"Student Employment ": J-1 "Student Employment" is limited to 20 hours per week except during school breaks and your annual vacation. Your J-1 RO/ARO can approve "Student Employment" for up to one year at a time.
Type 1: Employment required by a scholarship, fellowship, or assistantship. This kind of work usually occurs on campus, with the school as the employer. In certain circumstances, however, the work can be done elsewhere, for a different employer. You might work in a government or private research laboratory, for example, if your major professor had a joint appointment there, and were to supervise you in work that would count toward your degree.
Type 2: On-campus jobs unrelated to study. The regulations allow for jobs on campus that are unrelated to study, and they stipulate only that the work be done "on the premises" of the school. That means that the school does not have to be the employer, and that you could work for a commercial company, such as a food service, in its operations on your campus.
Type 3: Off-campus jobs. The regulations permit jobs off campus that are "necessary because of serious, urgent, and unforeseen economic circumstances" that have arisen since your arrival in theUnited States as an Exchange Visitor, or since your change, inside the country, to J-1 status.
"Academic Training": "Academic Training" is employment in the field of your academic program in the United States. To determine the number of months of "Academic Training" for which you are eligible, see the "Before completion" and "After completion" paragraphs immediately below. In counting months of authorization, part-time "Academic Training" counts the same as full-time.
Before completion of your program of study. With permission for "Academic Training" you may work part-time while classes are in session and full-time during vacation periods. Under certain circumstances, you may work full-time, for example while you are writing a thesis. The limit is 18 months or the time that you have been a full-time student, whichever is shorter, unless the employment is a degree requirement.
After completion of your program of study. If you can show your J-1 RO/ARO a written offer of appropriate employment no later than 30 days after the end of your program, you will be eligible for "Academic Training" after completion. The limit is 18 months or the time that you were a full-time student, whichever is shorter, minus any previous "Academic Training." Note, however, that if you receive a doctorate at the conclusion of your J-1 student program, you may be eligible for three years of "postdoctoral training," such as research, minus any "Academic Training" used before the doctorate was awarded.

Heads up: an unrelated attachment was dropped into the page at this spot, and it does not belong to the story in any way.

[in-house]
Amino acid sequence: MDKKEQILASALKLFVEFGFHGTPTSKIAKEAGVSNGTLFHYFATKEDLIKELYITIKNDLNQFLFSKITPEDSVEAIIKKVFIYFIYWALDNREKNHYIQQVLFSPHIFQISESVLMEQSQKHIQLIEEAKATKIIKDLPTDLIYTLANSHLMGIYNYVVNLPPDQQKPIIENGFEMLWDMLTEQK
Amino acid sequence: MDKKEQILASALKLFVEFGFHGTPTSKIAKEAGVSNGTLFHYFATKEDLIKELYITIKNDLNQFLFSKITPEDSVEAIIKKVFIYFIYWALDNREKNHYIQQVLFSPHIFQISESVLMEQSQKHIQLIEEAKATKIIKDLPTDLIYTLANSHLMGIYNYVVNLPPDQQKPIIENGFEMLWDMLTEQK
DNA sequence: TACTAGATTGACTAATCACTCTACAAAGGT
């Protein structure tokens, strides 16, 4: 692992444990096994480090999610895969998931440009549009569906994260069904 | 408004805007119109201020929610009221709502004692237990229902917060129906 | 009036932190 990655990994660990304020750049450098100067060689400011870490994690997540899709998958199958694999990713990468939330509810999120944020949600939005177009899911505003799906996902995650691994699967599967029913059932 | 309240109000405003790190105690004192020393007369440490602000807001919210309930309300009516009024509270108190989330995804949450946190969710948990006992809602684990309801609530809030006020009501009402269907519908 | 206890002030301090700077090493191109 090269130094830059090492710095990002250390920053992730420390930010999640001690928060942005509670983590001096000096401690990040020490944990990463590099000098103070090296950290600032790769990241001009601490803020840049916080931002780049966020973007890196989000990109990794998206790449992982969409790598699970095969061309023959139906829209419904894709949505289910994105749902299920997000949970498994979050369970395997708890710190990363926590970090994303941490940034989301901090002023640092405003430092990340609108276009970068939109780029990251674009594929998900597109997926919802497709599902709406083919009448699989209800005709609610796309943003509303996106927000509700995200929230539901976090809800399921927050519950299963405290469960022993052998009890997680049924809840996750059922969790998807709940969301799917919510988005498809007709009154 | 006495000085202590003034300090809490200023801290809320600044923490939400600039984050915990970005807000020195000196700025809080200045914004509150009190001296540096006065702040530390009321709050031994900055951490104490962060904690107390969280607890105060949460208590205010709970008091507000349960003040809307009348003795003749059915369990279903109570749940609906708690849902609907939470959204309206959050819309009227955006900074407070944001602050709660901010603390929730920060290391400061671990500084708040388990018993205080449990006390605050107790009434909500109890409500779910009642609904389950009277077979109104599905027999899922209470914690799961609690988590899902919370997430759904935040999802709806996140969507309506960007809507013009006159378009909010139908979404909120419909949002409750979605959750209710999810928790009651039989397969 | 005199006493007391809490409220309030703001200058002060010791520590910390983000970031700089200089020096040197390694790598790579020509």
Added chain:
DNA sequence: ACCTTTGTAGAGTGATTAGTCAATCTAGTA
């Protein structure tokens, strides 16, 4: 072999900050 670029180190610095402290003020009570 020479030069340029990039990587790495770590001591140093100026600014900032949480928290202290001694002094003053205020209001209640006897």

Summer employment for students transferring from one J-1 sponsor to another: If you intend to transfer programs between academic years and you want to work at the old school during the summer, you must delay the transfer procedure until after the period of employment, and must obtain employment authorization from the old school's J-1 RO/ARO. This will be possible only if the old school's Form IAP-66 remains valid (see the dates in item #3) throughout the employment. To work at the new school, you must first carry out the transfer procedure and then apply to the J-1 RO/ARO at the new school for authorization to work. The new school's Form IAP-66 must take effect (see item #3) by the beginning date of your employment authorization.
A Social Security Number. To put you on the payroll, your employer will need your Social Security number, which you can obtain by applying for a Social Security card. Take your passport (if you are Canadian you may use another form of photo-bearing identification), I-94 Departure Record card, the pink copy of your Form IAP-66, and your J-1 RO/ARO's written work authorization toan office of the Social Security Administration. Please note: a Social Security card may not be used to verify your employment eligibility.
Social Security and other taxes: Social Security taxes. In general, as a J-1 student, you will be exempt from Social Security (F.I.C.A.) taxes for your first five years in the United States, as long as you continue to declare non-resident status for tax purposes (see Internal Revenue Service Publication 519, "U.S. Tax Guide for Aliens").
Federal, state and local taxes. Unless you qualify under a tax treaty between the United States and your home government, your earnings as a J-1 student will be subject to applicable federal, state and local taxes, and employers are required by law to withhold those taxes from your paychecks. By April 15 of each year you must file a federal income tax return and a "Required Statement" covering the prior calendar year to determine whether you owe more taxes or have a refund coming.
Employment for J-2 dependents: Your J-2 dependents may apply to the Immigration and Naturalization Service for authorization to work. They may not legally work to support you, the J-1 student, or to pay any of the expenses of your program of study.
As a J-1 student you are eligible for a variety of work opportunities in the United States, but employment without proper authorization is a serious violation of your status. Remember to consult UNF's International Center prior to accepting any employment.